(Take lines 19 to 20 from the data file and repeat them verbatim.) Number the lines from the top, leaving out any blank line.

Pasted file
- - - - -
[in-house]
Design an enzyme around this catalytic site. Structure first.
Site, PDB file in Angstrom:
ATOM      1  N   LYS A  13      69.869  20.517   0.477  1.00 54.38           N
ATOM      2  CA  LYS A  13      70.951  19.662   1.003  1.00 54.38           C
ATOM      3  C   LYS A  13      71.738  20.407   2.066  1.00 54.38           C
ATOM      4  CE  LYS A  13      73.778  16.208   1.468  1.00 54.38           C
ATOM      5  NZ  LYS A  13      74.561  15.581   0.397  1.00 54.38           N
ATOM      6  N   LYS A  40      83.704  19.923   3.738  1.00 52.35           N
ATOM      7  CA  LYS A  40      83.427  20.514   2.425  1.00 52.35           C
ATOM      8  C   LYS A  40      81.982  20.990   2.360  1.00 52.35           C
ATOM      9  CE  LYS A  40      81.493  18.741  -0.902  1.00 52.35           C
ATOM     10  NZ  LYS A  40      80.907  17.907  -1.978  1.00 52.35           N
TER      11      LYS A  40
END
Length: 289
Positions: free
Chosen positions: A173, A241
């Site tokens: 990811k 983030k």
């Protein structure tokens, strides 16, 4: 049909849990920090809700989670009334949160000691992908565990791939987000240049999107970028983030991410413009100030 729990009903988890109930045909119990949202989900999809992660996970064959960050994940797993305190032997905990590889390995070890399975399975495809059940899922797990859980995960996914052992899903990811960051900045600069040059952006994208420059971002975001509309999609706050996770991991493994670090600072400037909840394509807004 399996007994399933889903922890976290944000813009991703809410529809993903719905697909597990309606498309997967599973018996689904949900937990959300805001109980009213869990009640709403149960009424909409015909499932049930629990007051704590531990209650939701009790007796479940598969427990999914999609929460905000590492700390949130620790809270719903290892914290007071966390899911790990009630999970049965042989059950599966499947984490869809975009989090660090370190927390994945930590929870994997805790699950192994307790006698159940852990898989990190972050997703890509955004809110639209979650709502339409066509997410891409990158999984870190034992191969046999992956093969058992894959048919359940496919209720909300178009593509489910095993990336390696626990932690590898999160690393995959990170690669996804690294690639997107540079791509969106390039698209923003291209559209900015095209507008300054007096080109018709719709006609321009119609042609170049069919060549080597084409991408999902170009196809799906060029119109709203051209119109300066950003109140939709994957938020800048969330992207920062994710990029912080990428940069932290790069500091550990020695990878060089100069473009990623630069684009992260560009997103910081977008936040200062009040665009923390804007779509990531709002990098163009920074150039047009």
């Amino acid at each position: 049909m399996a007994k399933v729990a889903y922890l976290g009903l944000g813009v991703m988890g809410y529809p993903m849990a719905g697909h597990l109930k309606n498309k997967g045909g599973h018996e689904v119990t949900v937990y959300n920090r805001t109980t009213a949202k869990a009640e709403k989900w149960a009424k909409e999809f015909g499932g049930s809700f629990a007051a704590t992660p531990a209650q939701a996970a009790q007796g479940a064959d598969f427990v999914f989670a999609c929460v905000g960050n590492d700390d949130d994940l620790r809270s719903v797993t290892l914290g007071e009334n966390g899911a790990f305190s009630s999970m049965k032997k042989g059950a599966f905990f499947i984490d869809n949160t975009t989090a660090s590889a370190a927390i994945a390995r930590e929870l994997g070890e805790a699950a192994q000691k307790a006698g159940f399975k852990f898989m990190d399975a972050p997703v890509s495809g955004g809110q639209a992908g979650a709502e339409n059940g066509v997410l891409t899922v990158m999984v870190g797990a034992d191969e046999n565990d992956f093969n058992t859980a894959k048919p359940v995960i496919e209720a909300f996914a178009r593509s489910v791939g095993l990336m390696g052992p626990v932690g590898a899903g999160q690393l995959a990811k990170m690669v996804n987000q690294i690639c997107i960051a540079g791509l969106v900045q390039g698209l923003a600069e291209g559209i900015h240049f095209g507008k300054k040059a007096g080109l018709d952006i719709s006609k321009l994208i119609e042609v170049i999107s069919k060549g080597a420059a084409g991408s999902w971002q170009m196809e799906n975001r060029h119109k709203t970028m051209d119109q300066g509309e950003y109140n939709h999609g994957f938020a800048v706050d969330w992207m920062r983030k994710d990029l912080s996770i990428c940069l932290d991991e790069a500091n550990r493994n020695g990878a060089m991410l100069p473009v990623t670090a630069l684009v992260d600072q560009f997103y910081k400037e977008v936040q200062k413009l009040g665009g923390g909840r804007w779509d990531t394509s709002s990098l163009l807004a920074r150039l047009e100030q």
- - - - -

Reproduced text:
């Site tokens: 990811k 983030k």
């Protein structure tokens, strides 16, 4: 049909849990920090809700989670009334949160000691992908565990791939987000240049999107970028983030991410413009100030 729990009903988890109930045909119990949202989900999809992660996970064959960050994940797993305190032997905990590889390995070890399975399975495809059940899922797990859980995960996914052992899903990811960051900045600069040059952006994208420059971002975001509309999609706050996770991991493994670090600072400037909840394509807004 399996007994399933889903922890976290944000813009991703809410529809993903719905697909597990309606498309997967599973018996689904949900937990959300805001109980009213869990009640709403149960009424909409015909499932049930629990007051704590531990209650939701009790007796479940598969427990999914999609929460905000590492700390949130620790809270719903290892914290007071966390899911790990009630999970049965042989059950599966499947984490869809975009989090660090370190927390994945930590929870994997805790699950192994307790006698159940852990898989990190972050997703890509955004809110639209979650709502339409066509997410891409990158999984870190034992191969046999992956093969058992894959048919359940496919209720909300178009593509489910095993990336390696626990932690590898999160690393995959990170690669996804690294690639997107540079791509969106390039698209923003291209559209900015095209507008300054007096080109018709719709006609321009119609042609170049069919060549080597084409991408999902170009196809799906060029119109709203051209119109300066950003109140939709994957938020800048969330992207920062994710990029912080990428940069932290790069500091550990020695990878060089100069473009990623630069684009992260560009997103910081977008936040200062009040665009923390804007779509990531709002990098163009920074150039047009």